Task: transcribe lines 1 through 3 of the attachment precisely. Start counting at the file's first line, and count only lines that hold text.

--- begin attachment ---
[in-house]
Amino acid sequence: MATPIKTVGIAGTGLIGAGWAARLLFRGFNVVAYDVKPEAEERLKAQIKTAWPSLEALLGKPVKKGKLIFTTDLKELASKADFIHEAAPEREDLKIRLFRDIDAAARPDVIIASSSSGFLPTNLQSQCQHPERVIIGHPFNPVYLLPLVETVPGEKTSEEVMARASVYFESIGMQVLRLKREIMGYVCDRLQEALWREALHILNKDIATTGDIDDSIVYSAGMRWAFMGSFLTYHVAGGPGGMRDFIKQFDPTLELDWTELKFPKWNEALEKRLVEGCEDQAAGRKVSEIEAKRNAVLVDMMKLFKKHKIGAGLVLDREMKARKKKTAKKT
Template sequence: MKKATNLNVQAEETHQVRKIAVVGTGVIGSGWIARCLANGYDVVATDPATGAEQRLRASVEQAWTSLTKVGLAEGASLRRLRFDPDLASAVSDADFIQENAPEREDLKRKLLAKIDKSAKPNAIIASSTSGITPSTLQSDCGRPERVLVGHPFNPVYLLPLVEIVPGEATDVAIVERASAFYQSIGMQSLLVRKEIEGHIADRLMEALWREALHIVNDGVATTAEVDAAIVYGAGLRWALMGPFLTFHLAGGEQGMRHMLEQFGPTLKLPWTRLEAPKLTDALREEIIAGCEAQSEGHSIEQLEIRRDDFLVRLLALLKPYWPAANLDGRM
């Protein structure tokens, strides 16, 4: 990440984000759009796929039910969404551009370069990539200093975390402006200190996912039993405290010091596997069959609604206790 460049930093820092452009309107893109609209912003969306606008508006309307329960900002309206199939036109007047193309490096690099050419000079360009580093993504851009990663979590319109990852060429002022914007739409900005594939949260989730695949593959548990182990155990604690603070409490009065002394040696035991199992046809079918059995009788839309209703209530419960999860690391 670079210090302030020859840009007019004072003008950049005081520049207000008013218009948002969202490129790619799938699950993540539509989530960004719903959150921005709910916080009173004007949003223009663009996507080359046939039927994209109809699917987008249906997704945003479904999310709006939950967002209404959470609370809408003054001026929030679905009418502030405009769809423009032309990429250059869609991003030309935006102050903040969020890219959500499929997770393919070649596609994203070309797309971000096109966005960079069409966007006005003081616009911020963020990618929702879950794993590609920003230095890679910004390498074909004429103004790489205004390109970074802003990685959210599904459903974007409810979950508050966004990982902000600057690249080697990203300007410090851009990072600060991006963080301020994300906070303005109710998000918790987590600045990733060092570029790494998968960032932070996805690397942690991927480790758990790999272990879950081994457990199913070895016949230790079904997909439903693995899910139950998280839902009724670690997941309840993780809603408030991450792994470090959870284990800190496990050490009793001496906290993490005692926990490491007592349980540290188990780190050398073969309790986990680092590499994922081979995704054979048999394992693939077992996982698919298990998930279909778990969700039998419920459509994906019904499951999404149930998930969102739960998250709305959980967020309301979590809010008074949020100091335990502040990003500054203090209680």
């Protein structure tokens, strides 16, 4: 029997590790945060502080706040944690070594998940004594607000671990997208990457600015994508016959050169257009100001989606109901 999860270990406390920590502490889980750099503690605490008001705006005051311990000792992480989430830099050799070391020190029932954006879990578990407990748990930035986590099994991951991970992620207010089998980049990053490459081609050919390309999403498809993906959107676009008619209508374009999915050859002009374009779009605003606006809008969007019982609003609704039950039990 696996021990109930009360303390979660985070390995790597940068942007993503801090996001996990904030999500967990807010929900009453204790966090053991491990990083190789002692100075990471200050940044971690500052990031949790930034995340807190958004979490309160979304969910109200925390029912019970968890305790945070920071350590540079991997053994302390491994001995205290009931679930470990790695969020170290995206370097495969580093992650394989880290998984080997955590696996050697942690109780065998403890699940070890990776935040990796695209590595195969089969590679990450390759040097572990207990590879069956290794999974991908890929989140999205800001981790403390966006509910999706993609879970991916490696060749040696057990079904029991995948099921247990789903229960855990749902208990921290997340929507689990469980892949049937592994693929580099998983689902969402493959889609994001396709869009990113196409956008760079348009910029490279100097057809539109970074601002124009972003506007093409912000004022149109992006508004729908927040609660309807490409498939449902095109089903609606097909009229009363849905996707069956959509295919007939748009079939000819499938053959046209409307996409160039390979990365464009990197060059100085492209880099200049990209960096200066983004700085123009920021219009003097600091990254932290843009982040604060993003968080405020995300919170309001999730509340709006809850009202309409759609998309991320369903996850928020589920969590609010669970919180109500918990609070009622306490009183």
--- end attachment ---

[in-house]
Amino acid sequence: MATPIKTVGIAGTGLIGAGWAARLLFRGFNVVAYDVKPEAEERLKAQIKTAWPSLEALLGKPVKKGKLIFTTDLKELASKADFIHEAAPEREDLKIRLFRDIDAAARPDVIIASSSSGFLPTNLQSQCQHPERVIIGHPFNPVYLLPLVETVPGEKTSEEVMARASVYFESIGMQVLRLKREIMGYVCDRLQEALWREALHILNKDIATTGDIDDSIVYSAGMRWAFMGSFLTYHVAGGPGGMRDFIKQFDPTLELDWTELKFPKWNEALEKRLVEGCEDQAAGRKVSEIEAKRNAVLVDMMKLFKKHKIGAGLVLDREMKARKKKTAKKT
Template sequence: MKKATNLNVQAEETHQVRKIAVVGTGVIGSGWIARCLANGYDVVATDPATGAEQRLRASVEQAWTSLTKVGLAEGASLRRLRFDPDLASAVSDADFIQENAPEREDLKRKLLAKIDKSAKPNAIIASSTSGITPSTLQSDCGRPERVLVGHPFNPVYLLPLVEIVPGEATDVAIVERASAFYQSIGMQSLLVRKEIEGHIADRLMEALWREALHIVNDGVATTAEVDAAIVYGAGLRWALMGPFLTFHLAGGEQGMRHMLEQFGPTLKLPWTRLEAPKLTDALREEIIAGCEAQSEGHSIEQLEIRRDDFLVRLLALLKPYWPAANLDGRM